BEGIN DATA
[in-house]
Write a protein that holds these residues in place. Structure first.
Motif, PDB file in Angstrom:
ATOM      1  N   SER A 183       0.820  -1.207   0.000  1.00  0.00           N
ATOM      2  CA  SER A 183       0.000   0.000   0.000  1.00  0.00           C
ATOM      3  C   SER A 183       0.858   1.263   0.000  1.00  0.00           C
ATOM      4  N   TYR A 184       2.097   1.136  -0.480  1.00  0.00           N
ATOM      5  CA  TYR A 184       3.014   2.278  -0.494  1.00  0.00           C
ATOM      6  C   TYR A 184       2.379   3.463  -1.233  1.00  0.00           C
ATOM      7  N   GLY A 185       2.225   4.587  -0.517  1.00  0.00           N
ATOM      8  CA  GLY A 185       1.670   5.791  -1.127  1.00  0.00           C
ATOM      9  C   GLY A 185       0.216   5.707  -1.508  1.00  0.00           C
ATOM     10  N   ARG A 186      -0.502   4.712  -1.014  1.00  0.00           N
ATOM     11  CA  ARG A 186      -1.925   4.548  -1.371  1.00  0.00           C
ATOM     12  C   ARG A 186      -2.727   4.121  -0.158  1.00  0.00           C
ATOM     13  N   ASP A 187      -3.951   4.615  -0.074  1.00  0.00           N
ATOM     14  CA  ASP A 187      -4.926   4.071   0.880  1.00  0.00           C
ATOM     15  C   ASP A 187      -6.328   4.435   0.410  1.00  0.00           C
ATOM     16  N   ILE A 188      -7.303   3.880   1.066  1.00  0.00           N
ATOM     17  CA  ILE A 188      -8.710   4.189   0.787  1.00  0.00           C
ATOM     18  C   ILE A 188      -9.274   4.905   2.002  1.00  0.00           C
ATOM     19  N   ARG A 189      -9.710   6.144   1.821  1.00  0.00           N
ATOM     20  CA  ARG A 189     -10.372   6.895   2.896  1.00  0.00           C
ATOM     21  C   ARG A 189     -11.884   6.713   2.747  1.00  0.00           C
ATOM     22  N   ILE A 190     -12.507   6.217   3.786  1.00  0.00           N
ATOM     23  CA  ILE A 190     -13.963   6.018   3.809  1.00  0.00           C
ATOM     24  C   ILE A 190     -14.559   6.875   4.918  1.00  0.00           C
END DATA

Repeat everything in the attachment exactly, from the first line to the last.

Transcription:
[in-house]
Write a protein that holds these residues in place. Structure first.
Motif, PDB file in Angstrom:
ATOM      1  N   SER A 183       0.820  -1.207   0.000  1.00  0.00           N
ATOM      2  CA  SER A 183       0.000   0.000   0.000  1.00  0.00           C
ATOM      3  C   SER A 183       0.858   1.263   0.000  1.00  0.00           C
ATOM      4  N   TYR A 184       2.097   1.136  -0.480  1.00  0.00           N
ATOM      5  CA  TYR A 184       3.014   2.278  -0.494  1.00  0.00           C
ATOM      6  C   TYR A 184       2.379   3.463  -1.233  1.00  0.00           C
ATOM      7  N   GLY A 185       2.225   4.587  -0.517  1.00  0.00           N
ATOM      8  CA  GLY A 185       1.670   5.791  -1.127  1.00  0.00           C
ATOM      9  C   GLY A 185       0.216   5.707  -1.508  1.00  0.00           C
ATOM     10  N   ARG A 186      -0.502   4.712  -1.014  1.00  0.00           N
ATOM     11  CA  ARG A 186      -1.925   4.548  -1.371  1.00  0.00           C
ATOM     12  C   ARG A 186      -2.727   4.121  -0.158  1.00  0.00           C
ATOM     13  N   ASP A 187      -3.951   4.615  -0.074  1.00  0.00           N
ATOM     14  CA  ASP A 187      -4.926   4.071   0.880  1.00  0.00           C
ATOM     15  C   ASP A 187      -6.328   4.435   0.410  1.00  0.00           C
ATOM     16  N   ILE A 188      -7.303   3.880   1.066  1.00  0.00           N
ATOM     17  CA  ILE A 188      -8.710   4.189   0.787  1.00  0.00           C
ATOM     18  C   ILE A 188      -9.274   4.905   2.002  1.00  0.00           C
ATOM     19  N   ARG A 189      -9.710   6.144   1.821  1.00  0.00           N
ATOM     20  CA  ARG A 189     -10.372   6.895   2.896  1.00  0.00           C
ATOM     21  C   ARG A 189     -11.884   6.713   2.747  1.00  0.00           C
ATOM     22  N   ILE A 190     -12.507   6.217   3.786  1.00  0.00           N
ATOM     23  CA  ILE A 190     -13.963   6.018   3.809  1.00  0.00           C
ATOM     24  C   ILE A 190     -14.559   6.875   4.918  1.00  0.00           C